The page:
After months of testing, TikTok Shop is ready for action this holiday season, with plans to offer up to 50% discounts on Black Friday and Cyber Monday.
And according to a Shopify-Gallup survey, consumers may show up in droves, with half of Americans between the ages of 18 and 29 saying they will do at least some of their holiday shopping on TikTok and Instagram.
TikTok Shop officially launched in the U.S. in September, with over 200,000 registered sellers and 100,000 content creators participating in an affiliate program that allows users who have 5,000 followers to create videos go straight to the platform's “For You” feed.
With this emerging e-commerce offering, the ByteDance-owned company is looking to replicate Douyin’s success in the West -- taking on major retailers like Amazon and Walmart over the next two months, with hopes to move $20 billion worth of products this year worldwide.
To get a better sense of how TikTok Shop works, and how brands can experiment with and plan their campaign strategies on the social platform, MediaPost spoke with Ryan Detert, CEO of influencer marketing company Influential.
Heading one of the first agencies to partner and integrate with TikTok’s Creator Marketplace API, Detert provides insight into the inner workings of TikTok Shop, how the feature may evolve in coming months, which content formats are most effective in selling products, campaign approaches and more.
MediaPost: What is the performance-measurement process like on TikTok Shop right now?
RD: It’s not much different than Shopify if you’re doing an affiliate or direct-to-consumer (D2C)-type model with them. All the same tools to identify talent and put custom audiences towards your shop exist.
On the back end, we start seeing conversions -- you get information on people to be able to ship to them and deliver that piece accordingly. You can retarget them and hit them with more opportunities.
MP: What is the most popular content format on TikTok Shop?
RD: While it’s very sexy to talk about live shopping, the vast majority of sales are originating on shoppable video. You can fire off 50-plus people, their affiliates or regular creators and get results, and then you know how to optimize.
This is the difference between Douyin in China and the West, which isn’t used to live shopping yet. But it's starting to move in that direction.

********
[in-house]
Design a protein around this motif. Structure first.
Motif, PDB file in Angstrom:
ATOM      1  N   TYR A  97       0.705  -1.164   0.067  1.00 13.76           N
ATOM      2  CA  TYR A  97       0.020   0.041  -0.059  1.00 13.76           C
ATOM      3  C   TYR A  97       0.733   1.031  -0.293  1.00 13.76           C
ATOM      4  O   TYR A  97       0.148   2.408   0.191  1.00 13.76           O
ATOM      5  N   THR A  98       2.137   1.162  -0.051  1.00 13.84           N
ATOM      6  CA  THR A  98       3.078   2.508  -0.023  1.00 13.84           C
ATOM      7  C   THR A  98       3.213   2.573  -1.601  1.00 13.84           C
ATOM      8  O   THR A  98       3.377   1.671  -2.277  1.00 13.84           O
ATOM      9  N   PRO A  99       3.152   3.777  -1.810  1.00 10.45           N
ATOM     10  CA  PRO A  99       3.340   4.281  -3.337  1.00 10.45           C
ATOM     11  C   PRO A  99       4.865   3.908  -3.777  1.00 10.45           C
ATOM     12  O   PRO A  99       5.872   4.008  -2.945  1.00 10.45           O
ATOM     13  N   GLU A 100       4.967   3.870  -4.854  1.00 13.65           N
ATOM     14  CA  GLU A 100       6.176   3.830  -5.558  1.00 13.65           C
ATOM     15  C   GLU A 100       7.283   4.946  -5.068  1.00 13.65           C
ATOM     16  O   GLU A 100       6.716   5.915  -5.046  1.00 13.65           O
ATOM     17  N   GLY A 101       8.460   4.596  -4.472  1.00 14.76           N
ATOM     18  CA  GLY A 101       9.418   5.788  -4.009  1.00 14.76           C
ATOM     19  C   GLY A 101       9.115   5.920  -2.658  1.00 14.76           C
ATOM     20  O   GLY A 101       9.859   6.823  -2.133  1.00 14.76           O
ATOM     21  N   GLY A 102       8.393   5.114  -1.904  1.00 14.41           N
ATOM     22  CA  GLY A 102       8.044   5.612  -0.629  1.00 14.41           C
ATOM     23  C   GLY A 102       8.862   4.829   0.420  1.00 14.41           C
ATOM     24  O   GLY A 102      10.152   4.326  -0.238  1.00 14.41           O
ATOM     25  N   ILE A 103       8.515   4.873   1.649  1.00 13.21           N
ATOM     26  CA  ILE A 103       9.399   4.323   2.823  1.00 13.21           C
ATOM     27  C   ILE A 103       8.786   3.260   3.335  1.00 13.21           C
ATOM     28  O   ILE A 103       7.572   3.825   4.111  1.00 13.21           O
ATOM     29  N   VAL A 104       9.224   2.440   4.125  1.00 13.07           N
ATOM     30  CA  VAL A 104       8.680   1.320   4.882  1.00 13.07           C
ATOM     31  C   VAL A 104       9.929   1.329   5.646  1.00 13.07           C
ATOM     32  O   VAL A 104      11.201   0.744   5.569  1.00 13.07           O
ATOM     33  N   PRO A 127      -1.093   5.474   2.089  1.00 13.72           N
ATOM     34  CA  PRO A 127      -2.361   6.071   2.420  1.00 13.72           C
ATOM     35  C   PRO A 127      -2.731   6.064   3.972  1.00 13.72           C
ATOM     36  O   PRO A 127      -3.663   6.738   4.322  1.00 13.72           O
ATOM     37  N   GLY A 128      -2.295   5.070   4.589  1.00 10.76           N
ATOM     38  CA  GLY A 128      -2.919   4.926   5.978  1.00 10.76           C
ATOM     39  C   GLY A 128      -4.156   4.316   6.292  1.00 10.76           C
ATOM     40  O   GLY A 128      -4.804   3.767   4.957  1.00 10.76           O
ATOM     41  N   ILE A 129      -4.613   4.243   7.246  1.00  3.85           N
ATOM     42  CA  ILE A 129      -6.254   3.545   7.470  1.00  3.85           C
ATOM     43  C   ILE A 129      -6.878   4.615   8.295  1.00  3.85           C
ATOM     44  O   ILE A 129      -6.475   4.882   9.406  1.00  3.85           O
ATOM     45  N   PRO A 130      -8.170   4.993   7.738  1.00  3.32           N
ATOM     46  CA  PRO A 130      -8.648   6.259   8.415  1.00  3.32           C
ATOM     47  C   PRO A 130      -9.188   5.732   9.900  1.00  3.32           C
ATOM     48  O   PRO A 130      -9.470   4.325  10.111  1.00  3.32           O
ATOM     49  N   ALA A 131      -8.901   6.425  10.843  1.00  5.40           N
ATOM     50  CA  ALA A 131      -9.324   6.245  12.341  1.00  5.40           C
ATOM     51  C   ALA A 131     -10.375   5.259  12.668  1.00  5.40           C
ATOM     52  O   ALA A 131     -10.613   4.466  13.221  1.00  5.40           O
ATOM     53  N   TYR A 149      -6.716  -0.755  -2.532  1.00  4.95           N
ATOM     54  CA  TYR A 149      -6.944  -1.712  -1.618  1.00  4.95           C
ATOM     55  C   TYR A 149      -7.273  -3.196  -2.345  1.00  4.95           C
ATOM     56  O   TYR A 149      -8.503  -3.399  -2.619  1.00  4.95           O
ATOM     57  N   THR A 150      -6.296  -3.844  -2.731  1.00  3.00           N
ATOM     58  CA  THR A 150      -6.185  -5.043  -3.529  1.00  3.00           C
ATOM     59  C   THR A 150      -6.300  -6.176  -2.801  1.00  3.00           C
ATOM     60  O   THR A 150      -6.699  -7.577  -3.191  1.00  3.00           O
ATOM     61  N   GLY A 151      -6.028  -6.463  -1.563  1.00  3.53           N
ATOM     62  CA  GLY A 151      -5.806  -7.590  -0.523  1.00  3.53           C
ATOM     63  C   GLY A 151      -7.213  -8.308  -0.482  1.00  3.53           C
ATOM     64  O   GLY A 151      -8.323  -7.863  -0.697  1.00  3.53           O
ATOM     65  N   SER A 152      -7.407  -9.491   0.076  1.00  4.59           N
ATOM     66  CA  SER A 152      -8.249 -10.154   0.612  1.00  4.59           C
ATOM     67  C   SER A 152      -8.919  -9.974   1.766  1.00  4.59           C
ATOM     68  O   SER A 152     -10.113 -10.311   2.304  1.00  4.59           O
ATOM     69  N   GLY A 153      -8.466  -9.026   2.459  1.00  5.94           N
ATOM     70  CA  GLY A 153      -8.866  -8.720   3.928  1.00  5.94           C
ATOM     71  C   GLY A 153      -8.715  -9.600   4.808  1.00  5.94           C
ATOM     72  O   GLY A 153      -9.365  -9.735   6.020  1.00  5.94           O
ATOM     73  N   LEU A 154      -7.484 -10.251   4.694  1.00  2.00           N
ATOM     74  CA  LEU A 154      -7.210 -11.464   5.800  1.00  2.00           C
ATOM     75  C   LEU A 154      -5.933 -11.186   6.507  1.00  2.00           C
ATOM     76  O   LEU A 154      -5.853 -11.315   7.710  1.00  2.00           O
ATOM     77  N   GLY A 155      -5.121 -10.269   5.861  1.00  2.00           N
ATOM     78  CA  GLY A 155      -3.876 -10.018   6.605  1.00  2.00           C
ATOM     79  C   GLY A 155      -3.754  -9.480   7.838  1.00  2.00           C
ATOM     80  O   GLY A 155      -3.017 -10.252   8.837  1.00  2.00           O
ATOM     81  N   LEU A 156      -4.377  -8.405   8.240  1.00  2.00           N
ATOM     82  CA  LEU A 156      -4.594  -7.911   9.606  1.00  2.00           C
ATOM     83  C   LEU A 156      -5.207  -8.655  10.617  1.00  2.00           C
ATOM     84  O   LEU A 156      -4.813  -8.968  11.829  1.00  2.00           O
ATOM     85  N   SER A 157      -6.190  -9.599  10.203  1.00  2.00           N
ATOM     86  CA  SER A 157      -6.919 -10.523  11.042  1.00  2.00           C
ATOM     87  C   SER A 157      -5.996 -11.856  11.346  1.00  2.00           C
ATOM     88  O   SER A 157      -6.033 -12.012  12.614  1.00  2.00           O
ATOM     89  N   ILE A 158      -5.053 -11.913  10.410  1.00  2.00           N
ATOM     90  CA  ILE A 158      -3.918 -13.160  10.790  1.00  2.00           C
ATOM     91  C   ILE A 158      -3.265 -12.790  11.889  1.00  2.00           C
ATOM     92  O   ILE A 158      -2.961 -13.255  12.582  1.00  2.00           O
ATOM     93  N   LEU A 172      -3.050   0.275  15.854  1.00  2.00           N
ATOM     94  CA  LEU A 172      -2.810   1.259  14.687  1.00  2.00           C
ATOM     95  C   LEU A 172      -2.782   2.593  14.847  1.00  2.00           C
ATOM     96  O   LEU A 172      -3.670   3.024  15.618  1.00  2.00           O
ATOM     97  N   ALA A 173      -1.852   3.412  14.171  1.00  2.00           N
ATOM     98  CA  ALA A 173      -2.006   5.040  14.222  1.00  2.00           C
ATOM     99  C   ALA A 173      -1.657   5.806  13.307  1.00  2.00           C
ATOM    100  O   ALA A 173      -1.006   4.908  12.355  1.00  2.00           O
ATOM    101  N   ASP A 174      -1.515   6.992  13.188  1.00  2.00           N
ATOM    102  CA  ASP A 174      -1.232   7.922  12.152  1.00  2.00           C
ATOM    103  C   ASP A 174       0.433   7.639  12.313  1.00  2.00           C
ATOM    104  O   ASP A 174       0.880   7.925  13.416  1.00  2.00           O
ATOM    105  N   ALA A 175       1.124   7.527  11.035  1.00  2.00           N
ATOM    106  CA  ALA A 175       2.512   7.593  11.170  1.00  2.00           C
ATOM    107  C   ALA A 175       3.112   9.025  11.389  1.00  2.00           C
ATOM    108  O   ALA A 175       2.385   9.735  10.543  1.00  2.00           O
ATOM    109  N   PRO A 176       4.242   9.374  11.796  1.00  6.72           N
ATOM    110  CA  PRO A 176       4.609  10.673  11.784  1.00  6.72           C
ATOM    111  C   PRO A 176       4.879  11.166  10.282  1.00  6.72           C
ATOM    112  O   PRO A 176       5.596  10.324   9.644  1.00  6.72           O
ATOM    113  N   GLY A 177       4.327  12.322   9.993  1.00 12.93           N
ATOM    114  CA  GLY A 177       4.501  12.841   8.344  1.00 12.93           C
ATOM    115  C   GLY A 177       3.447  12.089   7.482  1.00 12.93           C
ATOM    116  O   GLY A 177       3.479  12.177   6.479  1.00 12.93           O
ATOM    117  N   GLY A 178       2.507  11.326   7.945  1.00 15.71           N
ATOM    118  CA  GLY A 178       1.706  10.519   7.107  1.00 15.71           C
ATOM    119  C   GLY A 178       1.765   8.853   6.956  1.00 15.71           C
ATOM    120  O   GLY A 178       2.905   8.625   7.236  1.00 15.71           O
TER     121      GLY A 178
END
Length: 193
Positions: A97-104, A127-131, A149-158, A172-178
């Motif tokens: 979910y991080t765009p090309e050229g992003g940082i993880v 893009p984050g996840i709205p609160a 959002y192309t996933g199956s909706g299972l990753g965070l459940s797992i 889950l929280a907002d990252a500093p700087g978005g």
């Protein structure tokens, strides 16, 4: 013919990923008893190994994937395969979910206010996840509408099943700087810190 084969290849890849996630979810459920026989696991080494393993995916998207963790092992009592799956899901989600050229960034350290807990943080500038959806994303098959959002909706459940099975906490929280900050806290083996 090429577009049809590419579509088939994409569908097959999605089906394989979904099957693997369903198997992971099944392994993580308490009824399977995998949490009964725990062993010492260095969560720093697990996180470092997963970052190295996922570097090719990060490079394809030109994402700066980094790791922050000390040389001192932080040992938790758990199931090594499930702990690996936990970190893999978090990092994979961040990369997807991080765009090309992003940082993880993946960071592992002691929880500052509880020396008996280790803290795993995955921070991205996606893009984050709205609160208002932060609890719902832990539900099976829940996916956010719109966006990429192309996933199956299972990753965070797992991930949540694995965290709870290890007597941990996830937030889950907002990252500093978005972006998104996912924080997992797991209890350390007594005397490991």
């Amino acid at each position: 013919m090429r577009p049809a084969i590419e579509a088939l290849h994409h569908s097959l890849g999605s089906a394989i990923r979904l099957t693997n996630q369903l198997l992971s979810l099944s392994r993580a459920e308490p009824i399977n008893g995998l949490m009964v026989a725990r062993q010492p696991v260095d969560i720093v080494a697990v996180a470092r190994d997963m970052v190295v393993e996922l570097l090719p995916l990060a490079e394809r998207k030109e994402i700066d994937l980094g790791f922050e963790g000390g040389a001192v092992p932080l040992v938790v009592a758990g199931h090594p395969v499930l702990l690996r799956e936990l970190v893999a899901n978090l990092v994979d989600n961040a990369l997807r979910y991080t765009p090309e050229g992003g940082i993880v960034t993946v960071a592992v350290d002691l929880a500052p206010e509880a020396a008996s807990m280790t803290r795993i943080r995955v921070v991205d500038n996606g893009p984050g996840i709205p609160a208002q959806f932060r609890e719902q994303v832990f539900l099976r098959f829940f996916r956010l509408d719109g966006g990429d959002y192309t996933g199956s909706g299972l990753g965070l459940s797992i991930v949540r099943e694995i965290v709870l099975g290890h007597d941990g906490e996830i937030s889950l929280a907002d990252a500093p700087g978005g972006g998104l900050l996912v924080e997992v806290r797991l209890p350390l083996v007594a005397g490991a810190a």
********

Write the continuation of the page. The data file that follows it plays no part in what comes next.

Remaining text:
MP: How will live shopping continue to evolve on TikTok?
RD: When you’re on TikTok you might see that every third or fourth post is driving you to a livestream, whether it’s gaming or people talking about their passions -- it’s usually lifestyle-based content, and it’s almost never shoppable.
But that consistency is picking up. It’s only a matter of time before these creators and streamers begin selling things in their TikTok shop.
MP: Will TikTok Shop be able to compete with Amazon and Walmart this holiday season?
RD: I always say that Amazon is a BYOA company -- a big Bring Your Own Audience platform. TikTok has an audience but they don't have Amazon’s one-click buying setup. So the numbers won't compare just because the numbers are so big for Amazon. But in terms of growth trajectory, yes.
It’s instantly going to grow faster than every other platform because it has this built in audience. Douyin and ByteDance make $200 billion-plus in a different market using this exact model.
TikTok Shop will show a fraction of where it's going to be in the coming years. The fourth quarter will be a testing ground for the scale.
MP: What should brands know when experimenting on TikTok Shop?
RD: Our number-one suggestion involves creating engaging content that is specific to your vertical. And it’s not about generating one viral video -- it’s a volume play. The brand itself must post on their own handle and employ larger creators or a bunch of affiliate creators to push out content.
The aim should be to have two or three videos that reach the Zeitgeist, gather 1,000 views, and drive tens and tens of sales, as opposed to one big celebrity post and $10,000 in sales.
MP: Does the emergence of TikTok Shop mark a cultural shift away from official brand websites?
RD: You'll always have website real estate. Look at Amazon -- that's where the majority of sales are going to happen. I also think Shopify would say that websites will be around for a while -- it's kind of their entire business model. It's all interconnected.
MP: What do you make of TikTok’s fulfillment centers?
RD: It is the least sexy part of all of this, but it's obviously the backbone of TikTok Shop. I think it's gotten pretty consistent because of the integrations they've made with big commerce and Shopify.
MP: How effective do you see the 50% discounts TikTok Shop is promising consumers over the holidays?
RD: All that stuff helps, it gets your feet wet. But it’s all going to come down to performance. It reminds me of Bed Bath & Beyond’s automatic 20% off deals to just get you in the store -- once consumers are inside, it’s up to the delivery of that campaign to keep them coming back.
MP: What might be holding TikTok Shop back in this early stage?
RD: Just nascency and adoption. They do want to make this truly scaled. They want the 100 to 500 small DTC brands with dedicated content and ecommerce enthusiasts because sales across 500 brands is more than one massive brand.
MP: Is there anything else you think brands should know in preparation for the holidays?
RD: Get into TikTok Shop early and start testing now. It’s going to take weeks and weeks of testing and learning to get results worth replicating. Brands probably won’t get a direct return on their investment until they spend time identifying what trends have performed.
It’s going to require human setup and creators. The initial few campaigns might not lead to ROI.